Phil Mickelson holds up the 2012 AT&T Pro-Am trophy. He will try and earn his 5th Pro-Am title this week.
Every year, it seems like the AT&T Pebble Beach National Pro-Am is filled with drama on Sunday.
Phil Mickelson dominated Tiger Woods by 11 shots in 2012 by firing a bogey-free 64. D.A. Points holed out for eagle on the demanding par-five 14th hole to edge out Hunter Mahan in 2011. Dustin Johnson won the tournament for a second year in a row in 2010 by making birdie on the 18th hole.
This year should provide the same entertainment.
Golf fans may be disappointed that Tiger won't be a part of the Pro-Am this week, but several of the hottest golfers on Tour will be a part of the journey along the Monterey Peninsula.
These are the names to watch out for on Sunday.
Phil Mickelson strolls down the 18th fairway to a two-shot win at the 2012 AT&T Pro-Am.
This is a no-brainer. Phil Mickelson is the defending champion and a four-time winner of the Pro-Am.
Starting six shots off of the lead on Sunday last year (and playing with Tiger Woods nonetheless), Mickelson owned Pebble. He took away Charlie Wi's lead on the front nine with an eagle at the sixth hole and never let up.
Momentum this year is also on Mickelson's side. Lefty was on fire last week at the Waste Management Phoenix Open, as he fired a total score of 28-under for the win, including an opening-round 60.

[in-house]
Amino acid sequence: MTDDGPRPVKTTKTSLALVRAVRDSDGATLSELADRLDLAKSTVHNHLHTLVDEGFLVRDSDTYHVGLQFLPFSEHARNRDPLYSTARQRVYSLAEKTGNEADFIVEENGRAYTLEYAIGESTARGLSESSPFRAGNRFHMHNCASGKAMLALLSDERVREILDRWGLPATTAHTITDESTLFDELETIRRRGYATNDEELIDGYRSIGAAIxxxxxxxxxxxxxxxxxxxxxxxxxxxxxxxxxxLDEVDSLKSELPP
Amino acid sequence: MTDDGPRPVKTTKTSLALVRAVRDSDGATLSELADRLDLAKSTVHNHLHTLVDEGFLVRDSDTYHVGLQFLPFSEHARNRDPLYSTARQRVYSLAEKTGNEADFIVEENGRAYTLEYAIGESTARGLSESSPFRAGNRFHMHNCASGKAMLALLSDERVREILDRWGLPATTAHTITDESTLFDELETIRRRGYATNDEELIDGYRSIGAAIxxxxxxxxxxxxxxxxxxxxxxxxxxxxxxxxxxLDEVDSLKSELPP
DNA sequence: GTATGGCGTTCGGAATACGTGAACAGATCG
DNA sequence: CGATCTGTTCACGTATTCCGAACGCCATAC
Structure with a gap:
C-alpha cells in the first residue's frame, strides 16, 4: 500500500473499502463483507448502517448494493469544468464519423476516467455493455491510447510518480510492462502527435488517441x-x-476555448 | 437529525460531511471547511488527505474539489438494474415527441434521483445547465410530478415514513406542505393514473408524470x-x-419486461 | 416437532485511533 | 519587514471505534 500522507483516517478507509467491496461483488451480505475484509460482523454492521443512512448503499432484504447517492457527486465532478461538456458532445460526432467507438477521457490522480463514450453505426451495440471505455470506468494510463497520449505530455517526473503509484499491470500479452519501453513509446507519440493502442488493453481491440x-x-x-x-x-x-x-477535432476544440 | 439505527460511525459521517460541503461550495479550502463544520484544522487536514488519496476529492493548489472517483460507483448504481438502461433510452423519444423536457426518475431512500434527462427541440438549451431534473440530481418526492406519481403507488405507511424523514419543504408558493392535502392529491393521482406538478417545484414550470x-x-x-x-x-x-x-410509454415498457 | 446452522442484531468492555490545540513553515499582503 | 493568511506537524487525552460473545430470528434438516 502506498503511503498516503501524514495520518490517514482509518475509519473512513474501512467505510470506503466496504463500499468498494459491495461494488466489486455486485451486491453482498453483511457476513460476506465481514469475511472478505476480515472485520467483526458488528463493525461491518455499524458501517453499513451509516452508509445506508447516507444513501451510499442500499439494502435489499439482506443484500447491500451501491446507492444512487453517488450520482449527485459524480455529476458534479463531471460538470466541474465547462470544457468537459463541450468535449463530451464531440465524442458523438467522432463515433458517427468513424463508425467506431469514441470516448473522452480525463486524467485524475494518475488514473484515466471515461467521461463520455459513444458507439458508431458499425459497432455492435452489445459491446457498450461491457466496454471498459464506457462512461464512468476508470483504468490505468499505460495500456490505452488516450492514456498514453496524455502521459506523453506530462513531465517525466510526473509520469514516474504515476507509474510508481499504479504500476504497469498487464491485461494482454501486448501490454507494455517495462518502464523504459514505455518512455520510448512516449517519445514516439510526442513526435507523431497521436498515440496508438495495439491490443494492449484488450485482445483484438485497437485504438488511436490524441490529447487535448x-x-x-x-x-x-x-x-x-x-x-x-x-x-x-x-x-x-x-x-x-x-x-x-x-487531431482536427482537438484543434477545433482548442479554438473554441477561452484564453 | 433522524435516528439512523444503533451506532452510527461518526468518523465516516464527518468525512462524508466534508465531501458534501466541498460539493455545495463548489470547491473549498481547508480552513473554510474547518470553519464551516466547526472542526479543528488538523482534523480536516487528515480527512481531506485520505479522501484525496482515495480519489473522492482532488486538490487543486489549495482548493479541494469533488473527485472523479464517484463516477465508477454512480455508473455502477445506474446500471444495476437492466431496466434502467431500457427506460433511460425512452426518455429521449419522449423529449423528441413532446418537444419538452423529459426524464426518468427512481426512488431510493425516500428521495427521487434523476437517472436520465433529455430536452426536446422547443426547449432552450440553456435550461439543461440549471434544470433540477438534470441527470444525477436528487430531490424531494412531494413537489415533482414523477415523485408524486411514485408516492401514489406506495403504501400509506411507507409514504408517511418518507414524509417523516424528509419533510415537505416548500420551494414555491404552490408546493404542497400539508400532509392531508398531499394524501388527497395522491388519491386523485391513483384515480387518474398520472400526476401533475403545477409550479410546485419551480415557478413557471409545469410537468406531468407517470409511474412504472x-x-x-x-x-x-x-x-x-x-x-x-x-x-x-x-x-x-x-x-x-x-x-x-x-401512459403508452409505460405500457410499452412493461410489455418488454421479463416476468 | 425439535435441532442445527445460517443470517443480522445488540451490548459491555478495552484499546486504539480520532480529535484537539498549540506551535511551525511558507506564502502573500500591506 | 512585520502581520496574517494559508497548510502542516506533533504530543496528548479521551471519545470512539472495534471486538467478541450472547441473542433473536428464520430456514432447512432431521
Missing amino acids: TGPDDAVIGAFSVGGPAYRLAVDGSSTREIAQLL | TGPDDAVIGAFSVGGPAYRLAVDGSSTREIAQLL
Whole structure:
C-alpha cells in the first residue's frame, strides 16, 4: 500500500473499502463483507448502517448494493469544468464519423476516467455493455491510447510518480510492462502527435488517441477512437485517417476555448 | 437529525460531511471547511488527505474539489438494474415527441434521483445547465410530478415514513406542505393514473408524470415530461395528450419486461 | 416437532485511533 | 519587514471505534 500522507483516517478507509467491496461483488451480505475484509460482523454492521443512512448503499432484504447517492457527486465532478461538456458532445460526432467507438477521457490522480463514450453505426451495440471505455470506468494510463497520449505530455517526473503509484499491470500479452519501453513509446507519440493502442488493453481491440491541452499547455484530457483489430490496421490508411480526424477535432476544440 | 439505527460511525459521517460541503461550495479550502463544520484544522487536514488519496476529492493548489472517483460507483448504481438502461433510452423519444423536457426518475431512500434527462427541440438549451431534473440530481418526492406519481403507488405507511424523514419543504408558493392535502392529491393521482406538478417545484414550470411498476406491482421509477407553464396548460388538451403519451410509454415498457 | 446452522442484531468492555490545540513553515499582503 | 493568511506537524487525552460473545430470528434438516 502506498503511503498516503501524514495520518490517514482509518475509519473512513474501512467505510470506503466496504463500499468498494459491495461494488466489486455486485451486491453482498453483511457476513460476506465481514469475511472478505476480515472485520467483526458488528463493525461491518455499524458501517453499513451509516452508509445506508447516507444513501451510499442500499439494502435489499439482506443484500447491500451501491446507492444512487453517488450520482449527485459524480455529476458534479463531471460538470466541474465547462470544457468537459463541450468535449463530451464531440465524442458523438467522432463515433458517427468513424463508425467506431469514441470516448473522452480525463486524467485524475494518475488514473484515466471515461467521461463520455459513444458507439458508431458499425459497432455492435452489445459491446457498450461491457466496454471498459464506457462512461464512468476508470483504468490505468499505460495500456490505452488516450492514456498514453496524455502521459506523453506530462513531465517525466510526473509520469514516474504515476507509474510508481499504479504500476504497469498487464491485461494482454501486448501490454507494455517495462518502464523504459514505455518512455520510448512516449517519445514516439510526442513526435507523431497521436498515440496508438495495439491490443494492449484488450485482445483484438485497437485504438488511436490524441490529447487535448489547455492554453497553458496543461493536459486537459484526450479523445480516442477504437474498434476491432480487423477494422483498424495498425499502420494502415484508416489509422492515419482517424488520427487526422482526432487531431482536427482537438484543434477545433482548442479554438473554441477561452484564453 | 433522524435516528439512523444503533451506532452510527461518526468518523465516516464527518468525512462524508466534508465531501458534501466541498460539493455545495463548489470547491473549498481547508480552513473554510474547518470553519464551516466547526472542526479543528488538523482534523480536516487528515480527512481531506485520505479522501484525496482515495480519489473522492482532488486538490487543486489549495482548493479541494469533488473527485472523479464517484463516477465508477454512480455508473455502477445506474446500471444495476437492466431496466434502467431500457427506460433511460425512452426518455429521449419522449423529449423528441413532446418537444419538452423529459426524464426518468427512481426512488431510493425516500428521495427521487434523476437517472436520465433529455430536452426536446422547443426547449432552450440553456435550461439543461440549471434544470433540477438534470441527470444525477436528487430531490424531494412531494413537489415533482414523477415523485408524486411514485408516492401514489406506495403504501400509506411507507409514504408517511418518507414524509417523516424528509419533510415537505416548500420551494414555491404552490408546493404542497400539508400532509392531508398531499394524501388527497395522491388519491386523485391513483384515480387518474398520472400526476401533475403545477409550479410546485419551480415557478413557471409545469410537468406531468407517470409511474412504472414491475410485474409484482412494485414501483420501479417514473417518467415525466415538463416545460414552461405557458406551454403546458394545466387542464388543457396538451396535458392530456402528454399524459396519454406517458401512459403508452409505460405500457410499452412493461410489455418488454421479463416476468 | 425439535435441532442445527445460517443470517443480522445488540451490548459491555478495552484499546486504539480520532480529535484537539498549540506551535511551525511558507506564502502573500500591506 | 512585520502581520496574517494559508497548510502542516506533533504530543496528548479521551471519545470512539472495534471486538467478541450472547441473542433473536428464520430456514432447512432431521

Mickelson will be seeking his 42nd win on the Tour on Thursday when he tees off at 9:50 a.m. PST at Monterey Peninsula Country Club. He will play at Spyglass Hill on Friday before closing out the final 36 holes at Pebble Beach, assuming that he makes the cut after Saturday's round.
Behind his resume and experience, it's pretty tough to imagine that Phil won't be in the mix on Sunday.
Dustin Johnson stares down a shot at the 2012 AT&T Pro-Am. He's won the event twice.
Some people will think that Phil Mickelson is the favorite as defending champion, but VegasInsider.com says otherwise. According to the odds, Dustin Johnson is the favorite at 13-to-2 while Mickelson is just behind at 8-to-1.
Johnson has found a tremendous amount of success at Pebble Beach in his career.
Not only has the long-ball hitter won the Pro-Am twice, Johnson has placed in the top 10 in four out of the five times that he has participated. Additionally, when the 2010 U.S. Open was played at Pebble, Johnson was in the driver's seat before falling apart on Sunday with an 82.
Johnson, who ranks fourth in eagle frequency (per USA Today), started 2013 off with a bang at the Hyundai Tournament of Champions. He finished at 16-under in just 54 holes of play due to poor weather conditions and took the title by four shots.
All signs point to an excellent week for Dustin.
Brandt Snedeker reads a putt at the 2013 Waste Management Phoenix Open.
He's arguably the hottest player on the PGA Tour.
Ranking second in scoring average at 69.3 strokes per round, Brandt Snedeker has already finished in the top three in three of the four events that he has entered.
If it wasn't for the dominance of Phil Mickelson and Tiger Woods over the last two weeks, the 2012 Tour Championship and FedEx Cup winner might have turned his two runner-up finishes into victories.
Either way, Snedeker leads the Tour in 2013 earnings with just under $1.7 million (via ESPN). Recognized as one of the best putters on Tour and leading the PGA with 5.67 birdies per round (via USA Today), Snedeker is as dangerous as anyone.